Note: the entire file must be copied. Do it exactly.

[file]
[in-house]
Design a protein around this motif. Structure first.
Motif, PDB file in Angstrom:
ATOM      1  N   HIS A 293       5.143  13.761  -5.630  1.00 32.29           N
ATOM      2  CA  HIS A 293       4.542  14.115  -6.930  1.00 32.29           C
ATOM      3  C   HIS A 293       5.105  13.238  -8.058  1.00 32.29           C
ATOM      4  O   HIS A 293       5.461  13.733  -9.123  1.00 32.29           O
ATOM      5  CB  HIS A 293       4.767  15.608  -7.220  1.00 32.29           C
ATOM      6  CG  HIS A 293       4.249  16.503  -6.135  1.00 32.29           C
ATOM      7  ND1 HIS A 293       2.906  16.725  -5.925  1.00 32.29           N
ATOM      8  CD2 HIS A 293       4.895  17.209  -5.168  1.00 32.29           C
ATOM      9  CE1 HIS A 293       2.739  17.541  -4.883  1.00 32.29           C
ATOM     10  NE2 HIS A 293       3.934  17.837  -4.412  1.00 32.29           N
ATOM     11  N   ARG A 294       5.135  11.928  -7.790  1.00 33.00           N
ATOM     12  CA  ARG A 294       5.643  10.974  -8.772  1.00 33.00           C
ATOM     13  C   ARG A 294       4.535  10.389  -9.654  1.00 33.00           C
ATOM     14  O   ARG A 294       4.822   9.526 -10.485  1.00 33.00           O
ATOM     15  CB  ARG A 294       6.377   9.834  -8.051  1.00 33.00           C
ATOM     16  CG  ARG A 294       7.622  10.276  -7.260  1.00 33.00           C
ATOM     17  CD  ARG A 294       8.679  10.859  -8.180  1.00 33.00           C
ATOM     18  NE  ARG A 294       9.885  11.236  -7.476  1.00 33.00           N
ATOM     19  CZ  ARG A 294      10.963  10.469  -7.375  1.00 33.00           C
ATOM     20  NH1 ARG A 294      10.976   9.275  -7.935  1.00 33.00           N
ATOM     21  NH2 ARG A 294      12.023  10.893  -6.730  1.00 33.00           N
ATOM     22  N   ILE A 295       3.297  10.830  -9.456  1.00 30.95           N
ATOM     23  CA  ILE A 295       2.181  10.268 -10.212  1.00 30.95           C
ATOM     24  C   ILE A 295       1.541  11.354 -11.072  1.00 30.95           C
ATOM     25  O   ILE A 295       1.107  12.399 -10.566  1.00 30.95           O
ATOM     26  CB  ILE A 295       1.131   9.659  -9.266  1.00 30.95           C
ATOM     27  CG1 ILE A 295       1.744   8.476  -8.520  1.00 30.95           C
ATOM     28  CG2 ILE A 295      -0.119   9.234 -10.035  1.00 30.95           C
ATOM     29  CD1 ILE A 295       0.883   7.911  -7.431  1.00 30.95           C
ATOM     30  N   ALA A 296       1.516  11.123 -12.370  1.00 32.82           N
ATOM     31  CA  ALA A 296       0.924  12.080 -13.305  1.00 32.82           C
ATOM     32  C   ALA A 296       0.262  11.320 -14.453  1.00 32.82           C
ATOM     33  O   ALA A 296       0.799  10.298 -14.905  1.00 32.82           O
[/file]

[in-house]
Design a protein around this motif. Structure first.
Motif, PDB file in Angstrom:
ATOM      1  N   HIS A 293       5.143  13.761  -5.630  1.00 32.29           N
ATOM      2  CA  HIS A 293       4.542  14.115  -6.930  1.00 32.29           C
ATOM      3  C   HIS A 293       5.105  13.238  -8.058  1.00 32.29           C
ATOM      4  O   HIS A 293       5.461  13.733  -9.123  1.00 32.29           O
ATOM      5  CB  HIS A 293       4.767  15.608  -7.220  1.00 32.29           C
ATOM      6  CG  HIS A 293       4.249  16.503  -6.135  1.00 32.29           C
ATOM      7  ND1 HIS A 293       2.906  16.725  -5.925  1.00 32.29           N
ATOM      8  CD2 HIS A 293       4.895  17.209  -5.168  1.00 32.29           C
ATOM      9  CE1 HIS A 293       2.739  17.541  -4.883  1.00 32.29           C
ATOM     10  NE2 HIS A 293       3.934  17.837  -4.412  1.00 32.29           N
ATOM     11  N   ARG A 294       5.135  11.928  -7.790  1.00 33.00           N
ATOM     12  CA  ARG A 294       5.643  10.974  -8.772  1.00 33.00           C
ATOM     13  C   ARG A 294       4.535  10.389  -9.654  1.00 33.00           C
ATOM     14  O   ARG A 294       4.822   9.526 -10.485  1.00 33.00           O
ATOM     15  CB  ARG A 294       6.377   9.834  -8.051  1.00 33.00           C
ATOM     16  CG  ARG A 294       7.622  10.276  -7.260  1.00 33.00           C
ATOM     17  CD  ARG A 294       8.679  10.859  -8.180  1.00 33.00           C
ATOM     18  NE  ARG A 294       9.885  11.236  -7.476  1.00 33.00           N
ATOM     19  CZ  ARG A 294      10.963  10.469  -7.375  1.00 33.00           C
ATOM     20  NH1 ARG A 294      10.976   9.275  -7.935  1.00 33.00           N
ATOM     21  NH2 ARG A 294      12.023  10.893  -6.730  1.00 33.00           N
ATOM     22  N   ILE A 295       3.297  10.830  -9.456  1.00 30.95           N
ATOM     23  CA  ILE A 295       2.181  10.268 -10.212  1.00 30.95           C
ATOM     24  C   ILE A 295       1.541  11.354 -11.072  1.00 30.95           C
ATOM     25  O   ILE A 295       1.107  12.399 -10.566  1.00 30.95           O
ATOM     26  CB  ILE A 295       1.131   9.659  -9.266  1.00 30.95           C
ATOM     27  CG1 ILE A 295       1.744   8.476  -8.520  1.00 30.95           C
ATOM     28  CG2 ILE A 295      -0.119   9.234 -10.035  1.00 30.95           C
ATOM     29  CD1 ILE A 295       0.883   7.911  -7.431  1.00 30.95           C
ATOM     30  N   ALA A 296       1.516  11.123 -12.370  1.00 32.82           N
ATOM     31  CA  ALA A 296       0.924  12.080 -13.305  1.00 32.82           C
ATOM     32  C   ALA A 296       0.262  11.320 -14.453  1.00 32.82           C
ATOM     33  O   ALA A 296       0.799  10.298 -14.905  1.00 32.82           O